• change in BP, cardiovascular events),

  • other quality of life measures (including SF-36–based PCS and MCS),

  • patient adherence,

  • laboratory outcomes (collected according to site routine practices, before dialysis and not at the first weekly session after a long break),

  • and medication usage (BP-lowering, phosphate-binding, and erythropoiesis-stimulating agents).

Safety outcomes included serious adverse events, dialysis vascular access events, and survival.

Sample Size

The trial assumptions assumed that 200 patients would provide >90% power to detect an absolute difference of 0.10 in baseline-adjusted health-related quality of life with a mean EQ-5D score of 0.70 in the standard dialysis group. The study also had 90% power with 100 participants completing cardiac MRI imaging to detect a difference between the groups in the change in left ventricular mass index from baseline to 12 months of 8.7 g/m^2. 


The trial was supported by a National Health and Medical Research Council (NHMRC) of Australia and Baxter as part of an investigator initiated research grant.


Unlike the FHN trial group, the ACTIVE group successfully enrolled the planned 200 patients, from 40 centres in 4 countries. There was a nice separation of time, with median times of 12 and 24 hours in the standard and intervention groups. The frequency for most patients also remained at 3 times a week. 

As expected, the numbers were better with longer dialysis, with higher urea reduction ratio in the intervention arm. 

The difference in primary outcome? Zilch, nada, nothing, whichever way you slice it. Not even a hint of a difference.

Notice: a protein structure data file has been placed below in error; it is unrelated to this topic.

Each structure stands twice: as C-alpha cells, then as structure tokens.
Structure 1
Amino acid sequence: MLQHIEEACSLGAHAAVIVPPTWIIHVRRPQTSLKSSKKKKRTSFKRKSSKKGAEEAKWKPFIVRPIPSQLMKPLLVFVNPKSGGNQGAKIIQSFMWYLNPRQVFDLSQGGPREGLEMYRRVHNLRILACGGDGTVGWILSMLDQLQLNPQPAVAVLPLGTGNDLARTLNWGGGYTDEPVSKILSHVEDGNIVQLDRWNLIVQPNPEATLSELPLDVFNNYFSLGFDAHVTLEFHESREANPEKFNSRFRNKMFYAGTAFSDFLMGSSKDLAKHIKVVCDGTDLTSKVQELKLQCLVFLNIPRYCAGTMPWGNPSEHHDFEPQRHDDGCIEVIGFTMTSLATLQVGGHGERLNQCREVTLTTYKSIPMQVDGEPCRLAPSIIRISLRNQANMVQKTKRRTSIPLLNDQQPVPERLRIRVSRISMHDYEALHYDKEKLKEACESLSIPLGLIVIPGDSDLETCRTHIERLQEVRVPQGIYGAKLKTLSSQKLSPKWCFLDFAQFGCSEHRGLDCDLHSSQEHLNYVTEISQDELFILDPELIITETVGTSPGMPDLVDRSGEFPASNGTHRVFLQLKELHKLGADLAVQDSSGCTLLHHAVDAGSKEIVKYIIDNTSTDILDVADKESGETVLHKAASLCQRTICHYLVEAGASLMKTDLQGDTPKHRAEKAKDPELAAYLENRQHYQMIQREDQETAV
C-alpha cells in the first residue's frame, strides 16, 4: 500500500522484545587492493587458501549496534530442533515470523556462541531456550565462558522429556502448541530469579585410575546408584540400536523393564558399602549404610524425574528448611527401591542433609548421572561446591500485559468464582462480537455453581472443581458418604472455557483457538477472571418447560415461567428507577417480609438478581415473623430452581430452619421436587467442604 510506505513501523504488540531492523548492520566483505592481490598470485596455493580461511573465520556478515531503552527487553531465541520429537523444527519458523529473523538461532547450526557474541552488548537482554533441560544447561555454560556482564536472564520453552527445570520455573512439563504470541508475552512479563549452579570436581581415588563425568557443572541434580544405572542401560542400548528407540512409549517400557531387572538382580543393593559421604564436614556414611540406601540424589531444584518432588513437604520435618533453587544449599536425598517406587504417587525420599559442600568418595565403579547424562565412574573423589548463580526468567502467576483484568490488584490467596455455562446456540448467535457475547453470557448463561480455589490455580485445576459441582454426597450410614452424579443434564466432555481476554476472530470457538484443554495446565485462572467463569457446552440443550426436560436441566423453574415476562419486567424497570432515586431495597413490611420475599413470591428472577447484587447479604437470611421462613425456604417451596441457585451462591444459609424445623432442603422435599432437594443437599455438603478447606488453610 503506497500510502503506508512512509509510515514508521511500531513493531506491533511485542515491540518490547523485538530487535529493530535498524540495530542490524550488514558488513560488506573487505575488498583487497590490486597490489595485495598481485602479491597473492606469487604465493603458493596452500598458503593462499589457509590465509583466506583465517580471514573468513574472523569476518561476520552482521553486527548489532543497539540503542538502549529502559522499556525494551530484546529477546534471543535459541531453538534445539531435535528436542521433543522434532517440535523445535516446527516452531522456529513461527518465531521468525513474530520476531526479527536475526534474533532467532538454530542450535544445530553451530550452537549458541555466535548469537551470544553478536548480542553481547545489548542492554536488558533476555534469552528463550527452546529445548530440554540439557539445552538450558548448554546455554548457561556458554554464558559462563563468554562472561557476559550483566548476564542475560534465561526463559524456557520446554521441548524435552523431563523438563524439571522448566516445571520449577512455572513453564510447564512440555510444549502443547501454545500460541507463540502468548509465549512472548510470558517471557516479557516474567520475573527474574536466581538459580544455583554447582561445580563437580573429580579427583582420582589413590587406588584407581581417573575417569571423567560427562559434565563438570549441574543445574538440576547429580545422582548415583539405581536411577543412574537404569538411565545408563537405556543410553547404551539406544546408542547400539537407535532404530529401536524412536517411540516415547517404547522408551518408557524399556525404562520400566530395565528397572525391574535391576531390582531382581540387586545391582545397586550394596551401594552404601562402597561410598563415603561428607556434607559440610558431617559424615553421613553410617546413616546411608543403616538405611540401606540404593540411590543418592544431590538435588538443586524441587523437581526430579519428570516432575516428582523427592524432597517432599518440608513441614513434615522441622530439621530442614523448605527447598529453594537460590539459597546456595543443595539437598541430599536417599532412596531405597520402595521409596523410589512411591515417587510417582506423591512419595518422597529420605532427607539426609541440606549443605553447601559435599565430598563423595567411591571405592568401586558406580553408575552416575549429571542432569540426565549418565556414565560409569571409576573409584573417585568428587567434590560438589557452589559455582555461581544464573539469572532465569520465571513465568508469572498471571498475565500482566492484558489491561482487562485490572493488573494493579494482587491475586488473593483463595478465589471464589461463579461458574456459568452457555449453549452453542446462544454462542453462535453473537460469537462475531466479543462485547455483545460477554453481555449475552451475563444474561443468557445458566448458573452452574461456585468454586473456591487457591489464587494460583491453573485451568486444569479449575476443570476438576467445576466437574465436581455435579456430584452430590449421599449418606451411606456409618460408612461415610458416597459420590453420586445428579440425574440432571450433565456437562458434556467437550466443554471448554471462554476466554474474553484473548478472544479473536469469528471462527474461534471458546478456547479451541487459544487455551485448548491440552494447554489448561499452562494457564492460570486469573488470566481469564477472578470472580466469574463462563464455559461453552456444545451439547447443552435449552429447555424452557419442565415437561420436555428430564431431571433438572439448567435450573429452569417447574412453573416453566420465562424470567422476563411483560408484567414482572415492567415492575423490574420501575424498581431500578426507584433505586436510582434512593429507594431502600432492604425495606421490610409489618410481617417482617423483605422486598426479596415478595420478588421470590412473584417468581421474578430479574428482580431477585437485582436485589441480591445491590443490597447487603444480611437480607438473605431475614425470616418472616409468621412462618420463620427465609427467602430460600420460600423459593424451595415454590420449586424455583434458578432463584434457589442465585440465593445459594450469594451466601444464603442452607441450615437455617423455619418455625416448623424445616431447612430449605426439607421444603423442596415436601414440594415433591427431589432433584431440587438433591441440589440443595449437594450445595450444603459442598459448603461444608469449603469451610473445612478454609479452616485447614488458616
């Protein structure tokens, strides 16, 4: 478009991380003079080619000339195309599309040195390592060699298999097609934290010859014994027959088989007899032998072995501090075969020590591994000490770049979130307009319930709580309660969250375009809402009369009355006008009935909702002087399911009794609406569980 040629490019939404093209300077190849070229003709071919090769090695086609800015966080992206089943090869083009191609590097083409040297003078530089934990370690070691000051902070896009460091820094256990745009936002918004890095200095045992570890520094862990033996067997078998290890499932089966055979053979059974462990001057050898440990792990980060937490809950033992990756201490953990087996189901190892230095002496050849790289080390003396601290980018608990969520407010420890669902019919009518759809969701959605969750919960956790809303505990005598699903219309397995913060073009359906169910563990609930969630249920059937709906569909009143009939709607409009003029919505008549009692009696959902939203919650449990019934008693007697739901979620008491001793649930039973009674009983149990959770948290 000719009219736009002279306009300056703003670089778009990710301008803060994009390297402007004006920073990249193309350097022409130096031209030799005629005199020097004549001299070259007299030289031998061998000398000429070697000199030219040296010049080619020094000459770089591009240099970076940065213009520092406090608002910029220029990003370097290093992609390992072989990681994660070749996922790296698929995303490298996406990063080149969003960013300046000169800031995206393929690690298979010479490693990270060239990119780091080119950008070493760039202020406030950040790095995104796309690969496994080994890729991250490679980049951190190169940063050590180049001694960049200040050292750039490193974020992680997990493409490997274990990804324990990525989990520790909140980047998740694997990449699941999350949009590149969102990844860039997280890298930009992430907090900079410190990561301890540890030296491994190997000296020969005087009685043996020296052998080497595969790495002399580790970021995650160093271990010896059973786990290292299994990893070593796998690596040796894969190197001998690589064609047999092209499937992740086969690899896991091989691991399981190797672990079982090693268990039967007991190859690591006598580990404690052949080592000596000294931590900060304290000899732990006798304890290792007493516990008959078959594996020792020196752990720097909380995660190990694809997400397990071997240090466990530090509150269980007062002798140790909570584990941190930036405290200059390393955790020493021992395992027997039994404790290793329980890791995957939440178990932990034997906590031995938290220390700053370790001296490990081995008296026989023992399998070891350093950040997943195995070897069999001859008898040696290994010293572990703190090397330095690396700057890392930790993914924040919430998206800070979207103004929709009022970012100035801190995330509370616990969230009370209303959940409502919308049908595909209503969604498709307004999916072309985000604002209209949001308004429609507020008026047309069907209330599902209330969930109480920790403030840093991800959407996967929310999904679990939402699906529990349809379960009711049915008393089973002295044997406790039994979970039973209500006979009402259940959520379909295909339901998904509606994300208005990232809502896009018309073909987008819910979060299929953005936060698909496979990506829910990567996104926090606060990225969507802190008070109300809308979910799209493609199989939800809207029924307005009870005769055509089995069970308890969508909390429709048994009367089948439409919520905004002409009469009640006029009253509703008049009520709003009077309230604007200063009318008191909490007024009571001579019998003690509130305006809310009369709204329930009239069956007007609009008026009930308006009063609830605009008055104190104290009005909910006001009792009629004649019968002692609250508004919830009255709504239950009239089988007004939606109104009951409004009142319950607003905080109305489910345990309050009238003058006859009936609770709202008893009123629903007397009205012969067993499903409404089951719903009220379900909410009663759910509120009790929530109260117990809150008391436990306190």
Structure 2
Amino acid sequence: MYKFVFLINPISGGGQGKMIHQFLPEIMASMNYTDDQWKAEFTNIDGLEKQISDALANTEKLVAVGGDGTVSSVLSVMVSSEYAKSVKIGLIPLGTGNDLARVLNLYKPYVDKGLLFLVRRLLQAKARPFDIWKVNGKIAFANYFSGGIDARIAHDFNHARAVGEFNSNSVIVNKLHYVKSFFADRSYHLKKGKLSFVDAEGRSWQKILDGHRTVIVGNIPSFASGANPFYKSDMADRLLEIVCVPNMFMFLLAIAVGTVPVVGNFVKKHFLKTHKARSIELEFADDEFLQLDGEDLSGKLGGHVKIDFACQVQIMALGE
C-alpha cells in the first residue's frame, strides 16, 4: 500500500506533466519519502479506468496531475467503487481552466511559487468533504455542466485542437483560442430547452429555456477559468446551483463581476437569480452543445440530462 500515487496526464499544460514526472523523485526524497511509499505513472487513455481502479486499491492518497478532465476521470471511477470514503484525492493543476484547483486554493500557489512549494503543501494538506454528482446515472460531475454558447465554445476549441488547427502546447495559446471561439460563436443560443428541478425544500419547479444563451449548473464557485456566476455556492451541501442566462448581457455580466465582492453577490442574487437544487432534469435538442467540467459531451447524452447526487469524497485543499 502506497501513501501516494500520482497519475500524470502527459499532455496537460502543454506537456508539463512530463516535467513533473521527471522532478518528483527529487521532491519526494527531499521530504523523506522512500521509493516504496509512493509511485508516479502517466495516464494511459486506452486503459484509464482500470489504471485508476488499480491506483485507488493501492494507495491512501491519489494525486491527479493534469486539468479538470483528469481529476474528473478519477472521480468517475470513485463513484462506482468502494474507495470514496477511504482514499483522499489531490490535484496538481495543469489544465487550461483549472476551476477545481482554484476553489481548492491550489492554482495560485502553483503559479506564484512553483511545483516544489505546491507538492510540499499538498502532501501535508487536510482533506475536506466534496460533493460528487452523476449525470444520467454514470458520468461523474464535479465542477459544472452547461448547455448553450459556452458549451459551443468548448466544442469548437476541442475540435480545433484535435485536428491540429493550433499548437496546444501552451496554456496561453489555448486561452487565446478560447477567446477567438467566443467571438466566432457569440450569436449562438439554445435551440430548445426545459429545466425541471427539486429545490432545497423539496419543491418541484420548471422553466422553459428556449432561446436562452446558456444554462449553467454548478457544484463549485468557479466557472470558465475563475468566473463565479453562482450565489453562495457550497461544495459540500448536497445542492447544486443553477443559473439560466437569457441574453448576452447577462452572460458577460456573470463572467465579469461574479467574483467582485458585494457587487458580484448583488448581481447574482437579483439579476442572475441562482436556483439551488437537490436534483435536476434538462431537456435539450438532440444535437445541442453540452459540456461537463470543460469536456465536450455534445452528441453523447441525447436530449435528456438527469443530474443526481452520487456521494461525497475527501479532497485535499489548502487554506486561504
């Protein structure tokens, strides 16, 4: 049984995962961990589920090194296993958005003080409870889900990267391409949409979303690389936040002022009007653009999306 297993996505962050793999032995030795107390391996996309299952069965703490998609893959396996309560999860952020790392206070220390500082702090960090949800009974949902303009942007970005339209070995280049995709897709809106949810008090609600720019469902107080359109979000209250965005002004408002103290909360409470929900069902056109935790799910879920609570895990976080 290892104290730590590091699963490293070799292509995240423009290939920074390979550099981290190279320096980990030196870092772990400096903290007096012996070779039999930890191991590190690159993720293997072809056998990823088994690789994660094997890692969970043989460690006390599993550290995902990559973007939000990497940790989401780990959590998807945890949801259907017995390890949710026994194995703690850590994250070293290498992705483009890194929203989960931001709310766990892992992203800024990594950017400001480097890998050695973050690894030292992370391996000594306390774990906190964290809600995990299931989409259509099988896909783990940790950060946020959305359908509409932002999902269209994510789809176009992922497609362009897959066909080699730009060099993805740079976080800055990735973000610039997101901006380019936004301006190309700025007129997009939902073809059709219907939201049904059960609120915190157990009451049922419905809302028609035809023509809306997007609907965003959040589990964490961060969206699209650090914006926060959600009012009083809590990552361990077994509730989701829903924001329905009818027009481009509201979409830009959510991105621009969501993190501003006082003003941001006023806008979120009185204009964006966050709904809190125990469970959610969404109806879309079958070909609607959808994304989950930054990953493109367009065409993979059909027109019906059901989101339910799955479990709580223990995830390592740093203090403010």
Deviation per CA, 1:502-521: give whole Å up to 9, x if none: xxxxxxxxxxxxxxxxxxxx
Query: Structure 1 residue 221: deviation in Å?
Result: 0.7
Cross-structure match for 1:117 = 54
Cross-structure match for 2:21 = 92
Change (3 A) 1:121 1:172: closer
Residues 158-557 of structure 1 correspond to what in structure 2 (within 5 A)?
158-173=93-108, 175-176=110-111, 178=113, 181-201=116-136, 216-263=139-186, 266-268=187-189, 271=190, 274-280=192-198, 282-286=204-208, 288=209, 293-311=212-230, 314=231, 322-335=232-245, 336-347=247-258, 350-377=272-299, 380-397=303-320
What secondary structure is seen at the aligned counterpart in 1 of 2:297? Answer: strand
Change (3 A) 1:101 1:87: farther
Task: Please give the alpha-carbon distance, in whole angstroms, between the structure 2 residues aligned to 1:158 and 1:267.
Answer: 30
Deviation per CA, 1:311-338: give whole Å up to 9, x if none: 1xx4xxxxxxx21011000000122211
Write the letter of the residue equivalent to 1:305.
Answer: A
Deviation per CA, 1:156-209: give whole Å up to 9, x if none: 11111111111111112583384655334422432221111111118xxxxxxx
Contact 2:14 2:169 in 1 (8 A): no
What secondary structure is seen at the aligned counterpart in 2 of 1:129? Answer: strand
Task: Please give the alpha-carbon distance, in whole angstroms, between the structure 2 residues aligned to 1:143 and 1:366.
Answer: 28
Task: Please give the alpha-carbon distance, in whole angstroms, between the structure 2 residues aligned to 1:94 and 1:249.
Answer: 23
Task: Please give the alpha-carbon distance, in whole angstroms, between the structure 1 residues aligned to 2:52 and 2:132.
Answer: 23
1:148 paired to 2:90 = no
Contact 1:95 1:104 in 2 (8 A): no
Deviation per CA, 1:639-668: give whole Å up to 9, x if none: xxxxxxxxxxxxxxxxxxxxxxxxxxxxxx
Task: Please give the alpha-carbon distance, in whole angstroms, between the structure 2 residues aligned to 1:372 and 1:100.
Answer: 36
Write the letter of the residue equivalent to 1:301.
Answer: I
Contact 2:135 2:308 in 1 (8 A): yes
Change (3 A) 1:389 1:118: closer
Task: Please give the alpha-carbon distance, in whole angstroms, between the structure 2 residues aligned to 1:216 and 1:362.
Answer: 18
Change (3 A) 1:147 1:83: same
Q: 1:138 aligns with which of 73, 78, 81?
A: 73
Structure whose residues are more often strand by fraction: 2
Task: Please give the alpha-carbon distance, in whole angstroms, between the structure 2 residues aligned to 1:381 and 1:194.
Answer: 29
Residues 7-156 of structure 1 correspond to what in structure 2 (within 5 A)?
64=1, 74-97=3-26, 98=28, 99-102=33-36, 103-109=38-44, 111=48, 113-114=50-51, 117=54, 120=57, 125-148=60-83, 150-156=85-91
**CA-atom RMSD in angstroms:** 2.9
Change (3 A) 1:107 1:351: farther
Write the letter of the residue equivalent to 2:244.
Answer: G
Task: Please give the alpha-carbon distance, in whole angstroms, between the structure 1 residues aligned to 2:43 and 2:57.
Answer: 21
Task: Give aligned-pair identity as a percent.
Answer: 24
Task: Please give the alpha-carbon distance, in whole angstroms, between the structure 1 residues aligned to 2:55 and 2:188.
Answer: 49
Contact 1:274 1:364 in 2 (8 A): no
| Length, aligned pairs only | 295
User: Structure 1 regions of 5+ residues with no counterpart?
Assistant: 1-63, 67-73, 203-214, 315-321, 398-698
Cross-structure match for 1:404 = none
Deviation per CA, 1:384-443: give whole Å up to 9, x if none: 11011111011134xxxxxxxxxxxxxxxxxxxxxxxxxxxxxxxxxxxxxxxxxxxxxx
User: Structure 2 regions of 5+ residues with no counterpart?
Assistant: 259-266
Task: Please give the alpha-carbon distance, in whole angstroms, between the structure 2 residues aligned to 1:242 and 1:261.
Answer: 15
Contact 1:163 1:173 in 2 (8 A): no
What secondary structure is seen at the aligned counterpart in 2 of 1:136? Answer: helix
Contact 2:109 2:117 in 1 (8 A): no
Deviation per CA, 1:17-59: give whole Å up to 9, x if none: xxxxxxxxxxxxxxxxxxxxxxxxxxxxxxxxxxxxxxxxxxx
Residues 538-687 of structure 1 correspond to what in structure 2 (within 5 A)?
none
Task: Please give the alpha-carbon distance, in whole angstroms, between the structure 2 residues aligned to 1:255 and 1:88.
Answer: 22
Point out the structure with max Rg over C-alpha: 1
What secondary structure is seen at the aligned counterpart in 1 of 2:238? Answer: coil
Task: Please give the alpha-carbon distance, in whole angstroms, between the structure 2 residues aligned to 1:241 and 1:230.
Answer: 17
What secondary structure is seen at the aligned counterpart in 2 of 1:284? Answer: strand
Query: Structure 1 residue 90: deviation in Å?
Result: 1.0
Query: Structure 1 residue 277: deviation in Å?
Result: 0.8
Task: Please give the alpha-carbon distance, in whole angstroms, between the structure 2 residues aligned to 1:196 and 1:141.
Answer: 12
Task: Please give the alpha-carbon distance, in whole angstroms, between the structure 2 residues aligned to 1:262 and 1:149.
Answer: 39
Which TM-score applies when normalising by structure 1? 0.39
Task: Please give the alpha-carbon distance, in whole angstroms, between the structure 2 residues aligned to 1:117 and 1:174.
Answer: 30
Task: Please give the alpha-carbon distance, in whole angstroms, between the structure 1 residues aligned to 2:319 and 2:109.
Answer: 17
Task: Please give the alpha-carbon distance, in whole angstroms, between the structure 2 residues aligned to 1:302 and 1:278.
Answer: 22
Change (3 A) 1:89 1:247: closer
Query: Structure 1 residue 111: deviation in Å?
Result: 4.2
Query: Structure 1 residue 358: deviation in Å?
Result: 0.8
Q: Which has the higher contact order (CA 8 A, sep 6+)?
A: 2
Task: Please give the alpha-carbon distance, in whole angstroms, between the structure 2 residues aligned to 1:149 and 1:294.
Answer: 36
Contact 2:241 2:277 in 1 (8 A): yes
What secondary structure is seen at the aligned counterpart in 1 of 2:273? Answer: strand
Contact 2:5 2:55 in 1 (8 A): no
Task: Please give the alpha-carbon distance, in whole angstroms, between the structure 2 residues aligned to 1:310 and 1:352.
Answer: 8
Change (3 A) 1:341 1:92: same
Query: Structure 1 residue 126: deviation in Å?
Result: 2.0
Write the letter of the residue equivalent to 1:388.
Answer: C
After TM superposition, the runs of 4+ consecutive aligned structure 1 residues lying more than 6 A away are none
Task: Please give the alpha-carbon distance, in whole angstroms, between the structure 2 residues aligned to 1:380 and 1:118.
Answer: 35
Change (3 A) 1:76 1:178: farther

figure 3 from Jardine et al, JASN 2017

figure 3 from Jardine et al, JASN 2017

figure 4 from Jardine et al, JASN 2017

figure 4 from Jardine et al, JASN 2017

Table 3 from the article shows all the secondary outcomes:

  • lower potassium in the extended hours arm

  • lower phosphate in the extended hours arm

  • higher hemoglobin in the extended hours arm

  • No difference in blood pressure

  • Reduced number of BP medications in the extended hours arm

  • No difference in left ventricular mass index


It is hard to argue with the results of this well conducted and eminently sensible trial. Our bias is that indeed longer dialysis *must* be better - if not in mortality, perhaps in some patient centered outcomes such as quality of life. Surely the better phosphate control, higher hemoglobins and lower pill burden mean something? 

On the other hand, decreasing time on dialysis (ie increasing dialysis free time) was one of the top research priorities identified by the SONG group from patient perspective. Longer dialysis definitely does not represent dialysis free time, especially when survival is not increased. The trade-off of longer dialysis could have been justified if there some tangible benefits from longer dialysis. Unfortunately, we have come up empty handed, suggesting the tribulations are not worth the trials. 

Summary for NephJC by Swapnil Hiremath, Ottawa